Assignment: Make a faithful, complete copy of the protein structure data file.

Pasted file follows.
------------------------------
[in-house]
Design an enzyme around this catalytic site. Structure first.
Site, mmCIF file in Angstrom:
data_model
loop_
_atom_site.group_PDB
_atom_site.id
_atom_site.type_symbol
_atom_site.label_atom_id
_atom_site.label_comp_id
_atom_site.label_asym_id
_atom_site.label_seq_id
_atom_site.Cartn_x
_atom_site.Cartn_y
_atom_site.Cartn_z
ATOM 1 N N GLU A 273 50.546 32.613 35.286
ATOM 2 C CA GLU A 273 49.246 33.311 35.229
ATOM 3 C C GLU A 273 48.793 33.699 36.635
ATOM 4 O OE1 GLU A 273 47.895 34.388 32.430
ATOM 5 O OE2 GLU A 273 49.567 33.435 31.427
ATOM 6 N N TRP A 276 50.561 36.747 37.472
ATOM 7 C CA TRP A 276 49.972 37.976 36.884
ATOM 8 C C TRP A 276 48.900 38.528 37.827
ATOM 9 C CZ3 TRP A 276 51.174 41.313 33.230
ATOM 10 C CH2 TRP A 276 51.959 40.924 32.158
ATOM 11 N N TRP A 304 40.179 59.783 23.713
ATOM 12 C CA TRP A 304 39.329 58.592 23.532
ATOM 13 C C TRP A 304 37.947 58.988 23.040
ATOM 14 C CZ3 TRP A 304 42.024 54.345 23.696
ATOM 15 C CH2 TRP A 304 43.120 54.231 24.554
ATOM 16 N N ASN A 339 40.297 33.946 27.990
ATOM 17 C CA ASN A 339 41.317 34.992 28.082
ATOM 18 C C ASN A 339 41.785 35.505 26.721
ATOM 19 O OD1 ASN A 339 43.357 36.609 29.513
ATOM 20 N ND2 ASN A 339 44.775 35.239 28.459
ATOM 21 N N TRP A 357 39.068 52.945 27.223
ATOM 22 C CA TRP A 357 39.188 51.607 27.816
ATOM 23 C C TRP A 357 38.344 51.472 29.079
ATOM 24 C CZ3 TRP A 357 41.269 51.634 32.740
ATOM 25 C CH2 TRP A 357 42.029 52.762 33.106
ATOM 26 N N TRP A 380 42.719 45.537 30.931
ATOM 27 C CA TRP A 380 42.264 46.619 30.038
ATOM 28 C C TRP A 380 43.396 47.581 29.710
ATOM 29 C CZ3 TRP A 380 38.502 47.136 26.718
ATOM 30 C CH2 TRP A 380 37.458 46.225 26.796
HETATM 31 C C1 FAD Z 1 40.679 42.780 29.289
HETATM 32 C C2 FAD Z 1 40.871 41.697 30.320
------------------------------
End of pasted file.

[in-house]
Design an enzyme around this catalytic site. Structure first.
Site, mmCIF file in Angstrom:
data_model
loop_
_atom_site.group_PDB
_atom_site.id
_atom_site.type_symbol
_atom_site.label_atom_id
_atom_site.label_comp_id
_atom_site.label_asym_id
_atom_site.label_seq_id
_atom_site.Cartn_x
_atom_site.Cartn_y
_atom_site.Cartn_z
ATOM 1 N N GLU A 273 50.546 32.613 35.286
ATOM 2 C CA GLU A 273 49.246 33.311 35.229
ATOM 3 C C GLU A 273 48.793 33.699 36.635
ATOM 4 O OE1 GLU A 273 47.895 34.388 32.430
ATOM 5 O OE2 GLU A 273 49.567 33.435 31.427
ATOM 6 N N TRP A 276 50.561 36.747 37.472
ATOM 7 C CA TRP A 276 49.972 37.976 36.884
ATOM 8 C C TRP A 276 48.900 38.528 37.827
ATOM 9 C CZ3 TRP A 276 51.174 41.313 33.230
ATOM 10 C CH2 TRP A 276 51.959 40.924 32.158
ATOM 11 N N TRP A 304 40.179 59.783 23.713
ATOM 12 C CA TRP A 304 39.329 58.592 23.532
ATOM 13 C C TRP A 304 37.947 58.988 23.040
ATOM 14 C CZ3 TRP A 304 42.024 54.345 23.696
ATOM 15 C CH2 TRP A 304 43.120 54.231 24.554
ATOM 16 N N ASN A 339 40.297 33.946 27.990
ATOM 17 C CA ASN A 339 41.317 34.992 28.082
ATOM 18 C C ASN A 339 41.785 35.505 26.721
ATOM 19 O OD1 ASN A 339 43.357 36.609 29.513
ATOM 20 N ND2 ASN A 339 44.775 35.239 28.459
ATOM 21 N N TRP A 357 39.068 52.945 27.223
ATOM 22 C CA TRP A 357 39.188 51.607 27.816
ATOM 23 C C TRP A 357 38.344 51.472 29.079
ATOM 24 C CZ3 TRP A 357 41.269 51.634 32.740
ATOM 25 C CH2 TRP A 357 42.029 52.762 33.106
ATOM 26 N N TRP A 380 42.719 45.537 30.931
ATOM 27 C CA TRP A 380 42.264 46.619 30.038
ATOM 28 C C TRP A 380 43.396 47.581 29.710
ATOM 29 C CZ3 TRP A 380 38.502 47.136 26.718
ATOM 30 C CH2 TRP A 380 37.458 46.225 26.796
HETATM 31 C C1 FAD Z 1 40.679 42.780 29.289
HETATM 32 C C2 FAD Z 1 40.871 41.697 30.320